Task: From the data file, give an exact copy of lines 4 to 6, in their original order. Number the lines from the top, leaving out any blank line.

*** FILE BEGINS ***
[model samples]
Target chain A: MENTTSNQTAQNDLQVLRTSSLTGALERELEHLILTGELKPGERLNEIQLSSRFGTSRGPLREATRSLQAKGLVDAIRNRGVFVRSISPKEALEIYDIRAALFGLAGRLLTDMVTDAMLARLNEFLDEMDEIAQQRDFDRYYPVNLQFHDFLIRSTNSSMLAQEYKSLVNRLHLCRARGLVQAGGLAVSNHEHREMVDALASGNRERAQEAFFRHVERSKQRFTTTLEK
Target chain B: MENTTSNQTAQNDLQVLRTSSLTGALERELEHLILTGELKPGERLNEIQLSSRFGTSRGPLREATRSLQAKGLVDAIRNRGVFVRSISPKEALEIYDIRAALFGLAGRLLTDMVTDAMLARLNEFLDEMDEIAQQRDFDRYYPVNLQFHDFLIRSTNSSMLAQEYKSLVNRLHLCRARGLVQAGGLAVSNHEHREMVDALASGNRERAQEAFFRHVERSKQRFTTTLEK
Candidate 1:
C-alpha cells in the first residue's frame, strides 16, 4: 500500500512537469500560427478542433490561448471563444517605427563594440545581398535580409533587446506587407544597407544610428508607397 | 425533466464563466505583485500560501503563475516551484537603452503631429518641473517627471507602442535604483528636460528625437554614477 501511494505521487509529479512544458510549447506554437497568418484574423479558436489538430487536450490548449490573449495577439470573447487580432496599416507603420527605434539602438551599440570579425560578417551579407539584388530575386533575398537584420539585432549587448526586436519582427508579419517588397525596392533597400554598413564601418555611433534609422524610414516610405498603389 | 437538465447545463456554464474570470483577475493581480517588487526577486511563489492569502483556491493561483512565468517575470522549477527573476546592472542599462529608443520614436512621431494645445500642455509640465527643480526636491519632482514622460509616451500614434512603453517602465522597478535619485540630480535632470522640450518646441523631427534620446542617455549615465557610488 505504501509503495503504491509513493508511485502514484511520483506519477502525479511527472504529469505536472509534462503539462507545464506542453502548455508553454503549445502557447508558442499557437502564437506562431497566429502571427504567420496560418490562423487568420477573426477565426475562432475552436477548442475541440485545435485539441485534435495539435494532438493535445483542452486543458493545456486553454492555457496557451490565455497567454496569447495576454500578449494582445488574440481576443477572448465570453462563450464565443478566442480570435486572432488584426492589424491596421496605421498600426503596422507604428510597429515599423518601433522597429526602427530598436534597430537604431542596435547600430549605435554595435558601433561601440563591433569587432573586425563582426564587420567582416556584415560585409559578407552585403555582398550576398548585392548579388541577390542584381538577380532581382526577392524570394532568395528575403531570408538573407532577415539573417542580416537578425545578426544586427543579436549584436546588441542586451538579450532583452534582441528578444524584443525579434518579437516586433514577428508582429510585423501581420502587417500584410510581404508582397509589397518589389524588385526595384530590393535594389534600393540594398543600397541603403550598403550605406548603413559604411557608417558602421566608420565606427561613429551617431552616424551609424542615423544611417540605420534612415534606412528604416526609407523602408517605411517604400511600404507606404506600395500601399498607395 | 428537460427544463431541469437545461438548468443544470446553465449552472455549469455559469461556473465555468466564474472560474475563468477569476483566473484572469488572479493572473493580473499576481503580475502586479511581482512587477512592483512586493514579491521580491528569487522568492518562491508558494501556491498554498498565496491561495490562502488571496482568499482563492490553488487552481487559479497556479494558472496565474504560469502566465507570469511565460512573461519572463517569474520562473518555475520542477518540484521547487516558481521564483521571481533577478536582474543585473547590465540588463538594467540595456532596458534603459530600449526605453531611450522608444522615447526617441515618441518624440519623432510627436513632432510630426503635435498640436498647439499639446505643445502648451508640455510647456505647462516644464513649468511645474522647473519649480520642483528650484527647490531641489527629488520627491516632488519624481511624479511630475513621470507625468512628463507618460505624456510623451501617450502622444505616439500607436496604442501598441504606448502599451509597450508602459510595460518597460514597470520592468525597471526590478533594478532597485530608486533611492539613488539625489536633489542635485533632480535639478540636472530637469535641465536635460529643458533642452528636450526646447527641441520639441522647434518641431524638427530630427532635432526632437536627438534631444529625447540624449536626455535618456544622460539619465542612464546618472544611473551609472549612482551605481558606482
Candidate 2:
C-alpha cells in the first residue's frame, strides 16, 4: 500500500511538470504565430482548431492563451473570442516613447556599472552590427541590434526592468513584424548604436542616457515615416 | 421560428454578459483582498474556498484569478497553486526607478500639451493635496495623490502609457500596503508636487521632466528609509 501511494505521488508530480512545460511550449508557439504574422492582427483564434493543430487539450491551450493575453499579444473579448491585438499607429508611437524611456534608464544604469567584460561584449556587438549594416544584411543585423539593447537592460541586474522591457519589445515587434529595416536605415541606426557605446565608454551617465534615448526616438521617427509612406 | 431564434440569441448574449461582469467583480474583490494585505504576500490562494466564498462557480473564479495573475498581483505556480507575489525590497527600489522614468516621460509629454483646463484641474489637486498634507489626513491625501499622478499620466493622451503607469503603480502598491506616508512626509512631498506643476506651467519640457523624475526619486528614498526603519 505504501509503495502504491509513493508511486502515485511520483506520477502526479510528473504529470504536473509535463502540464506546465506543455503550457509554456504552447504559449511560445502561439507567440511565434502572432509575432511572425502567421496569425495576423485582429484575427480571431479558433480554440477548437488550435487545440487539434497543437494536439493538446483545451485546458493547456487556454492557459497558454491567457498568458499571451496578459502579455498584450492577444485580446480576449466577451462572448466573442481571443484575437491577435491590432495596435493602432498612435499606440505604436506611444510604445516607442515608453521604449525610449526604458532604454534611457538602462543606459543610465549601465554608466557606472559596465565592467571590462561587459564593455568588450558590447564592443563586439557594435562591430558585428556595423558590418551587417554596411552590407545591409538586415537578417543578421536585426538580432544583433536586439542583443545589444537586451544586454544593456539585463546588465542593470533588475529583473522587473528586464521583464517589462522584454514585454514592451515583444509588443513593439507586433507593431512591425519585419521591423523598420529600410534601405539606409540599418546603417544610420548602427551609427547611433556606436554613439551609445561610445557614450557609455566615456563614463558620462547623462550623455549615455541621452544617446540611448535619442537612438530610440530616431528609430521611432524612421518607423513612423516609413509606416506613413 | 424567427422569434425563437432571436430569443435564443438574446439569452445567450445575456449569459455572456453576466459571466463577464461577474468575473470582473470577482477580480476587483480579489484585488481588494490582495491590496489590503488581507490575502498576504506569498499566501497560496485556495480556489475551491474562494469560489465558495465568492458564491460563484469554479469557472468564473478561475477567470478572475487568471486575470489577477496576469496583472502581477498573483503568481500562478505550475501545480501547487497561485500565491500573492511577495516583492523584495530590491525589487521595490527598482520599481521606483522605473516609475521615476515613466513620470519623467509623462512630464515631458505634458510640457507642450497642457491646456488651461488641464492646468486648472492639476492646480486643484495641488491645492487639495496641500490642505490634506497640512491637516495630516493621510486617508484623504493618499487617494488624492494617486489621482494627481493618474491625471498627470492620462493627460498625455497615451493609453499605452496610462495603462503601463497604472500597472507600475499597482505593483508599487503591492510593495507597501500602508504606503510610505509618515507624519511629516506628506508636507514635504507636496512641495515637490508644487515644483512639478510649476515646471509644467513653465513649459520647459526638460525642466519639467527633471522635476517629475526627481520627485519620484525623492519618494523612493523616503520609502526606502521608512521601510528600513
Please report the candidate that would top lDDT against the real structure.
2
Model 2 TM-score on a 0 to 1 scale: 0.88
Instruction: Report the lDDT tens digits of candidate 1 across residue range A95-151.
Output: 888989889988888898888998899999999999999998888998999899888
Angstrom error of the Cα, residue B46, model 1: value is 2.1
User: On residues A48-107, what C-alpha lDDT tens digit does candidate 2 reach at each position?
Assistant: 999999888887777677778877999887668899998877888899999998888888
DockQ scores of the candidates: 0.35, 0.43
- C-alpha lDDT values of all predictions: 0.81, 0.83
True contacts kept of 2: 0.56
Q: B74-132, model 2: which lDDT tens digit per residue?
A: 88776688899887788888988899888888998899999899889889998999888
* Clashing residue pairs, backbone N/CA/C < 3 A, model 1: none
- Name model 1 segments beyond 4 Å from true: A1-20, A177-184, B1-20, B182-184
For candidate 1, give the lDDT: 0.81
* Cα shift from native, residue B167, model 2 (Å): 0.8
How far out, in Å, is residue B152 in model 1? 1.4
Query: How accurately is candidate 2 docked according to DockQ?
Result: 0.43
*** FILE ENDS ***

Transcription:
Candidate 1:
C-alpha cells in the first residue's frame, strides 16, 4: 500500500512537469500560427478542433490561448471563444517605427563594440545581398535580409533587446506587407544597407544610428508607397 | 425533466464563466505583485500560501503563475516551484537603452503631429518641473517627471507602442535604483528636460528625437554614477 501511494505521487509529479512544458510549447506554437497568418484574423479558436489538430487536450490548449490573449495577439470573447487580432496599416507603420527605434539602438551599440570579425560578417551579407539584388530575386533575398537584420539585432549587448526586436519582427508579419517588397525596392533597400554598413564601418555611433534609422524610414516610405498603389 | 437538465447545463456554464474570470483577475493581480517588487526577486511563489492569502483556491493561483512565468517575470522549477527573476546592472542599462529608443520614436512621431494645445500642455509640465527643480526636491519632482514622460509616451500614434512603453517602465522597478535619485540630480535632470522640450518646441523631427534620446542617455549615465557610488 505504501509503495503504491509513493508511485502514484511520483506519477502525479511527472504529469505536472509534462503539462507545464506542453502548455508553454503549445502557447508558442499557437502564437506562431497566429502571427504567420496560418490562423487568420477573426477565426475562432475552436477548442475541440485545435485539441485534435495539435494532438493535445483542452486543458493545456486553454492555457496557451490565455497567454496569447495576454500578449494582445488574440481576443477572448465570453462563450464565443478566442480570435486572432488584426492589424491596421496605421498600426503596422507604428510597429515599423518601433522597429526602427530598436534597430537604431542596435547600430549605435554595435558601433561601440563591433569587432573586425563582426564587420567582416556584415560585409559578407552585403555582398550576398548585392548579388541577390542584381538577380532581382526577392524570394532568395528575403531570408538573407532577415539573417542580416537578425545578426544586427543579436549584436546588441542586451538579450532583452534582441528578444524584443525579434518579437516586433514577428508582429510585423501581420502587417500584410510581404508582397509589397518589389524588385526595384530590393535594389534600393540594398543600397541603403550598403550605406548603413559604411557608417558602421566608420565606427561613429551617431552616424551609424542615423544611417540605420534612415534606412528604416526609407523602408517605411517604400511600404507606404506600395500601399498607395 | 428537460427544463431541469437545461438548468443544470446553465449552472455549469455559469461556473465555468466564474472560474475563468477569476483566473484572469488572479493572473493580473499576481503580475502586479511581482512587477512592483512586493514579491521580491528569487522568492518562491508558494501556491498554498498565496491561495490562502488571496482568499482563492490553488487552481487559479497556479494558472496565474504560469502566465507570469511565460512573461519572463517569474520562473518555475520542477518540484521547487516558481521564483521571481533577478536582474543585473547590465540588463538594467540595456532596458534603459530600449526605453531611450522608444522615447526617441515618441518624440519623432510627436513632432510630426503635435498640436498647439499639446505643445502648451508640455510647456505647462516644464513649468511645474522647473519649480520642483528650484527647490531641489527629488520627491516632488519624481511624479511630475513621470507625468512628463507618460505624456510623451501617450502622444505616439500607436496604442501598441504606448502599451509597450508602459510595460518597460514597470520592468525597471526590478533594478532597485530608486533611492539613488539625489536633489542635485533632480535639478540636472530637469535641465536635460529643458533642452528636450526646447527641441520639441522647434518641431524638427530630427532635432526632437536627438534631444529625447540624449536626455535618456544622460539619465542612464546618472544611473551609472549612482551605481558606482
Candidate 2: